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Do tanning beds put you at risk for melanoma?

May 02, 2016 | Kristina Lindgren
Woman in tanning bed

UC Irvine Health dermatologist Dr. Janellen Smith has a message for young women who are eagerly prepping for swimsuit season: Protect your skin from the sun’s ultraviolet rays with a strong sunblock. And, above all, avoid tanning beds. 

“We know that ultraviolet light is a carcinogen, so it’s really not safe to tan at all,” said Smith, a skin cancer expert and professor at UC Irvine School of Medicine’s Department of Dermatology.

“But at tanning salons, you are getting way more intense ultraviolet light, the kind that penetrates deeply into the skin.”

Indoor tanning ups melanoma risk

In fact, women who tan indoors are six times more likely to develop melanoma, the deadliest of skin cancers, and at a younger age, according to a study published in January by the Journal of the American Medical Association. Women are far more likely to frequent tanning salons than men, the study showed.

“We know that about 30 percent of young girls, ages 16 or 17, have been to a tanning salon at least once, and a number of them reported going once a week,” said Smith, who is co-director of the Pigmented Lesion Clinic at the UC Irvine Health Chao Family Comprehensive Cancer Center.

These are worrisome statistics because melanoma — once the province of the elderly — already claims more than 10,000 lives each year. The numbers give impetus to the American Academy of Dermatology’s efforts to promote regular skin self-exams on “Melanoma Monday,” the first Monday in May, which is Melanoma Awareness Month.

Stronger than the sun

Why are tanning beds more dangerous? Experts say the high-pressure lamps used in most tanning salons can generate 12 times more ultraviolet A (UVA) waves — the most damaging kind — than the sun.

UVA waves trigger melanocytes to produce more protective pigment, hence the darkening skin. “We also know that UVA waves interfere with the DNA of melanocytes, so instead of living and dying, the cells just keep replicating at a fast rate,” Smith said.

Unchecked, these damaged melanocytes can spread through the body’s blood vessels and lymph channels to distant parts of the body.

When a melanoma is caught early and is confined to the first layer of skin, removal can be relatively simple, Smith said. Deeper melanomas may require a larger scar because the surgeon must create a safety margin around the cancer.

The World Health Organization declared tanning devices carcinogenic to human health in 2009. Since then, indoor tanning has been banned in Brazil and Australia. Several states, including California, ban the use of tanning beds by anyone under age 18. The U.S. Food and Drug Administration has proposed a similar restriction. Smith, however, believes the ban should at least apply to anyone under age 21.

Some of Smith's patients have foresworn sunbathing and tanning beds and adopted her recommended regimen: religious application of a broad spectrum sunscreen rated at least 30 SPF every two hours — if exposed to the sun. She also advises protective clothing during the sunniest part of the day, between 10 a.m. and 4 p.m.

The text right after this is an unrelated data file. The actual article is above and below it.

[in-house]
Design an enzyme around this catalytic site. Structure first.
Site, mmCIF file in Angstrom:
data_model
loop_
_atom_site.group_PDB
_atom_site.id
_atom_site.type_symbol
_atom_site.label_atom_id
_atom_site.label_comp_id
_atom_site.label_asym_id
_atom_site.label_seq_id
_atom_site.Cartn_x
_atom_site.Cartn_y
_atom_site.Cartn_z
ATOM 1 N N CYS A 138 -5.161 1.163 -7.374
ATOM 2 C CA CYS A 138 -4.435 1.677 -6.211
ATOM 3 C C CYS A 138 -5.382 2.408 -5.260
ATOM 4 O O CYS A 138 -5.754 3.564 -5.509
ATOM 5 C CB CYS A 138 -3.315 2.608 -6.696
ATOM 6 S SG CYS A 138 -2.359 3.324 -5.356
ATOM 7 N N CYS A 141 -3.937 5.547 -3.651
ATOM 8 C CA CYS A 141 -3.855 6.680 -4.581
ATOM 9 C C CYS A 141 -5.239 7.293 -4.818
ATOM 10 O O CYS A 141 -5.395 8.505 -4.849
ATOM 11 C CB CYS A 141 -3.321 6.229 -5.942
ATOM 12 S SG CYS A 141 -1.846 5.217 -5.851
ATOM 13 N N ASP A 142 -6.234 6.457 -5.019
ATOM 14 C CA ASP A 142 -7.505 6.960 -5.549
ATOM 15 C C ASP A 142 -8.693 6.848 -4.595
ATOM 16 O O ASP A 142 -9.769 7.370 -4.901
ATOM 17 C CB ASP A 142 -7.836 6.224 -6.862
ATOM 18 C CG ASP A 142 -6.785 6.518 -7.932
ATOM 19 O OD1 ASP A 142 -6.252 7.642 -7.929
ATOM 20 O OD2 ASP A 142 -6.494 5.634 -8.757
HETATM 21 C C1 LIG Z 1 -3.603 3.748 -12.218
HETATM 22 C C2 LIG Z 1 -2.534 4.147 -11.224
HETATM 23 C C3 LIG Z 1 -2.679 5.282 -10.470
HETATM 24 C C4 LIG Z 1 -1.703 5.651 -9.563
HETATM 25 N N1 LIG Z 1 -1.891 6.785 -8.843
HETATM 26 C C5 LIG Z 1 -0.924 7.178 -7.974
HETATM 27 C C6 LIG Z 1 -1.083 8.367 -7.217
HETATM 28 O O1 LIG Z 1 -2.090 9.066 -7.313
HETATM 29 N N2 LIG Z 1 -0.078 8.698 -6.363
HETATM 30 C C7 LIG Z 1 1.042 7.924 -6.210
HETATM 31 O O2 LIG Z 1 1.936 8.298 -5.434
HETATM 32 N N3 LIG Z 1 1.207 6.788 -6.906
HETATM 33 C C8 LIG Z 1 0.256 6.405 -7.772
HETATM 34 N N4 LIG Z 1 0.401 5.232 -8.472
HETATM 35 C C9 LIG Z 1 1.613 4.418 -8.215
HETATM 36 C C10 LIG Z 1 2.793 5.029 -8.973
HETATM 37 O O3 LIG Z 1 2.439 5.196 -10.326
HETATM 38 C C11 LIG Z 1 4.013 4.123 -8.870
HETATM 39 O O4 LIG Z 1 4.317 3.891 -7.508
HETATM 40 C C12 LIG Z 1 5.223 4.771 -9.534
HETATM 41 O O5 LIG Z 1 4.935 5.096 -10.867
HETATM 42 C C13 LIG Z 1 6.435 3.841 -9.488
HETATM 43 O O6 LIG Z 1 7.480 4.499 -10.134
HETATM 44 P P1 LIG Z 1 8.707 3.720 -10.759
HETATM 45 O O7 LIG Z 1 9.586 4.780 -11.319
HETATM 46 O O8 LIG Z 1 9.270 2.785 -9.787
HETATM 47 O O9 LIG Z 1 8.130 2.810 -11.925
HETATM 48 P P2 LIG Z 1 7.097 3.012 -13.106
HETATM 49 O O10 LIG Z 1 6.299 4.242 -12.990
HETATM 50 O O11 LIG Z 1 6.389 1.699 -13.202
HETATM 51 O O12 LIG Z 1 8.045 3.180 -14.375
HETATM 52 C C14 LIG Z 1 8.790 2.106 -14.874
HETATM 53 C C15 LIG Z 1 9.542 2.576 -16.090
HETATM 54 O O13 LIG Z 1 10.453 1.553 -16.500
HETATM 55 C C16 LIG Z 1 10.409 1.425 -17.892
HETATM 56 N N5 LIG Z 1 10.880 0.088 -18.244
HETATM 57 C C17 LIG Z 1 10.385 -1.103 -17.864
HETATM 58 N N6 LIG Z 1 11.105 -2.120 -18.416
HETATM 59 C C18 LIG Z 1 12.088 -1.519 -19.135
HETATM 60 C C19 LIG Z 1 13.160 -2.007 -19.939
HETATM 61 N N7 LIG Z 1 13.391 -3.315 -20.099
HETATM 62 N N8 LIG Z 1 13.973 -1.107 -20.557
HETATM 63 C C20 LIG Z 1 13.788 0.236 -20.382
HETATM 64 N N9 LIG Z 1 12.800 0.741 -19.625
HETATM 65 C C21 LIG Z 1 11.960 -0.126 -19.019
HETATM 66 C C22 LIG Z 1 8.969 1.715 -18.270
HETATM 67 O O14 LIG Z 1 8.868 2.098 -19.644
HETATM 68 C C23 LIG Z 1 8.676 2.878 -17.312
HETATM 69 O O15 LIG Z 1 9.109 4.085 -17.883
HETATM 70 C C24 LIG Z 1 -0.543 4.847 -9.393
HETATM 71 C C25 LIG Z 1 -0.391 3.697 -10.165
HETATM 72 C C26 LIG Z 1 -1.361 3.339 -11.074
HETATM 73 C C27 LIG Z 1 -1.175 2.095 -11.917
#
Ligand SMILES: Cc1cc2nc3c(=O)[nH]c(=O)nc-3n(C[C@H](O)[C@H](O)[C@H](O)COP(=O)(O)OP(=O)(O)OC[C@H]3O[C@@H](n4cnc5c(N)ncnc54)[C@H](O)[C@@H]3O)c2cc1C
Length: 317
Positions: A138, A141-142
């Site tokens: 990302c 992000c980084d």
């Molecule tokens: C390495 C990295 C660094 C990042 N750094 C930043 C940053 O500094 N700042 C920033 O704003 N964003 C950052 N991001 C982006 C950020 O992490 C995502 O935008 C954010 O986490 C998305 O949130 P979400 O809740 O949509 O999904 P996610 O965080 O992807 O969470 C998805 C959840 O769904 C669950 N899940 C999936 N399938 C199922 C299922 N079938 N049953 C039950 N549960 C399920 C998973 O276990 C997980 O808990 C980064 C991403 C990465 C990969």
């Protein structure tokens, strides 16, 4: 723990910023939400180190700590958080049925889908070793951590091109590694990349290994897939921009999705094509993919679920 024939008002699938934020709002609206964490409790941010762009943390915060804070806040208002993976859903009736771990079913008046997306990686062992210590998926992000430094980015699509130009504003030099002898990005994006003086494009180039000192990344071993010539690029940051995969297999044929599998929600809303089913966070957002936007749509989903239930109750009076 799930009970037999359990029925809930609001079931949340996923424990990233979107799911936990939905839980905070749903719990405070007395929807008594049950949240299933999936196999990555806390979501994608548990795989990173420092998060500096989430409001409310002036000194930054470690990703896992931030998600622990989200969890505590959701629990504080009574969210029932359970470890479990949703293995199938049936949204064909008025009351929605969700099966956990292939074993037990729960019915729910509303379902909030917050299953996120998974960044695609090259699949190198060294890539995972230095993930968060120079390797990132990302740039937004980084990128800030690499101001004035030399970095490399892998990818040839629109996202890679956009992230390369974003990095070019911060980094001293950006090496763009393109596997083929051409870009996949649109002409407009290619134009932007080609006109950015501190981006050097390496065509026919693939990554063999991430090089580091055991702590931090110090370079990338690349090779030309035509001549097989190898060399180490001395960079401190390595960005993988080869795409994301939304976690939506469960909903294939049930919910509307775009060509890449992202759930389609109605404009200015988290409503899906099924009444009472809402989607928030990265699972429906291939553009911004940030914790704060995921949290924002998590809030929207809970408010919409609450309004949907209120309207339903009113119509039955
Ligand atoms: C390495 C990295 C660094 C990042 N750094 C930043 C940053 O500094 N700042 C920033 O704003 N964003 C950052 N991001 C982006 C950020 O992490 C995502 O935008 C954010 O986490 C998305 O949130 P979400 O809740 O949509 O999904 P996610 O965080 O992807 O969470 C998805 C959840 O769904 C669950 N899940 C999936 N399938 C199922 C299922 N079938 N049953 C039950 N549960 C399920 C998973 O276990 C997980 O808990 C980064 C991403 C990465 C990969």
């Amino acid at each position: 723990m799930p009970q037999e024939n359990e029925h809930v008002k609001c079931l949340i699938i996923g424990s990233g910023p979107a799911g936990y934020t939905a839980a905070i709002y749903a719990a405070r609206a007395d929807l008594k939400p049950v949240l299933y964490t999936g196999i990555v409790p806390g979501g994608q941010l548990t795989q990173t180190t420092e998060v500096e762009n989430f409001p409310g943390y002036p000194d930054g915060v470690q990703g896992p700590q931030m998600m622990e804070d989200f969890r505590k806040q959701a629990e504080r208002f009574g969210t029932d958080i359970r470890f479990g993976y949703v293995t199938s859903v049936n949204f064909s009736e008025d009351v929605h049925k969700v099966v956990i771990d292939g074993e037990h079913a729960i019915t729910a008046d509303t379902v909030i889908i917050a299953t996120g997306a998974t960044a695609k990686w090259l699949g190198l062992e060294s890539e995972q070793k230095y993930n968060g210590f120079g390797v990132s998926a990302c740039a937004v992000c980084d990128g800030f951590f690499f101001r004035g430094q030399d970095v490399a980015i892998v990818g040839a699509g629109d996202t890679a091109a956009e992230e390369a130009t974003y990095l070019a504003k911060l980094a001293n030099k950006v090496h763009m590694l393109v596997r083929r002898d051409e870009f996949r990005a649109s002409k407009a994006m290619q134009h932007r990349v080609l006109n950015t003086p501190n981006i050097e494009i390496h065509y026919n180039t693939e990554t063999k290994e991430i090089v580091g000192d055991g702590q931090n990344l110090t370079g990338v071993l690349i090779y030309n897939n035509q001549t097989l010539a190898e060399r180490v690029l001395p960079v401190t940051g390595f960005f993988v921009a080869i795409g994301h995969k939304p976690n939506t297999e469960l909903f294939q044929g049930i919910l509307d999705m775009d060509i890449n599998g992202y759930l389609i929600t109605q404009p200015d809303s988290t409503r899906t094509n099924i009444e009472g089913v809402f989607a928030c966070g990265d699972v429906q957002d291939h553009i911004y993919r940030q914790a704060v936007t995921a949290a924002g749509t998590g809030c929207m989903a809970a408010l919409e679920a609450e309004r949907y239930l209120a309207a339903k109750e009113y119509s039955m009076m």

Tanning, a way of life for some

For a few people, though, even a small brush with melanoma doesn’t change behavior, Smith said. “We have been examining the addictive nature of tanning. We think it gives people a feeling of self-worth, a sense that it makes them more beautiful.”    

That’s one reason she tries to counsel children and teens she is treating for other skin conditions. She’ll show them photos of people who been in the sun most of their lives and others who haven’t.

“It’s hard to say you shouldn’t tan. So tell them, ‘We know that everybody is going to age, but do you really want to look 60 when your girlfriends look 40?’”

The idea behind "Melanoma Monday" was to encourage at least annual skin checks. Scheduling them more frequently is even better to stay abreast of this fast-growing disease.

“It’s a great idea to pick a day once a month to look over your body,” Smith said. “If you see something of concern, get it checked out.”

What to look for

Normal moles are usually oval or round growths and uniform in color — tan, brown or black. They are often about the size of a pencil eraser with distinct borders.

New or changing new moles should be evaluated according to the A-B-C-D-E checklist.

“Remember,” Smith said, “melanoma can develop anywhere on or inside your body. Fortunately, the skin can be examined regularly — with your own eyes or those of your partner.”

Learn more about melanoma and how to spot it ›

Comments

Anonymous
May 27, 2016

THE ABCDE CHECKLIST LINK WAS NOT WORKING

UC Irvine Health
May 27, 2016

Thank you for the catch! The link has been fixed.

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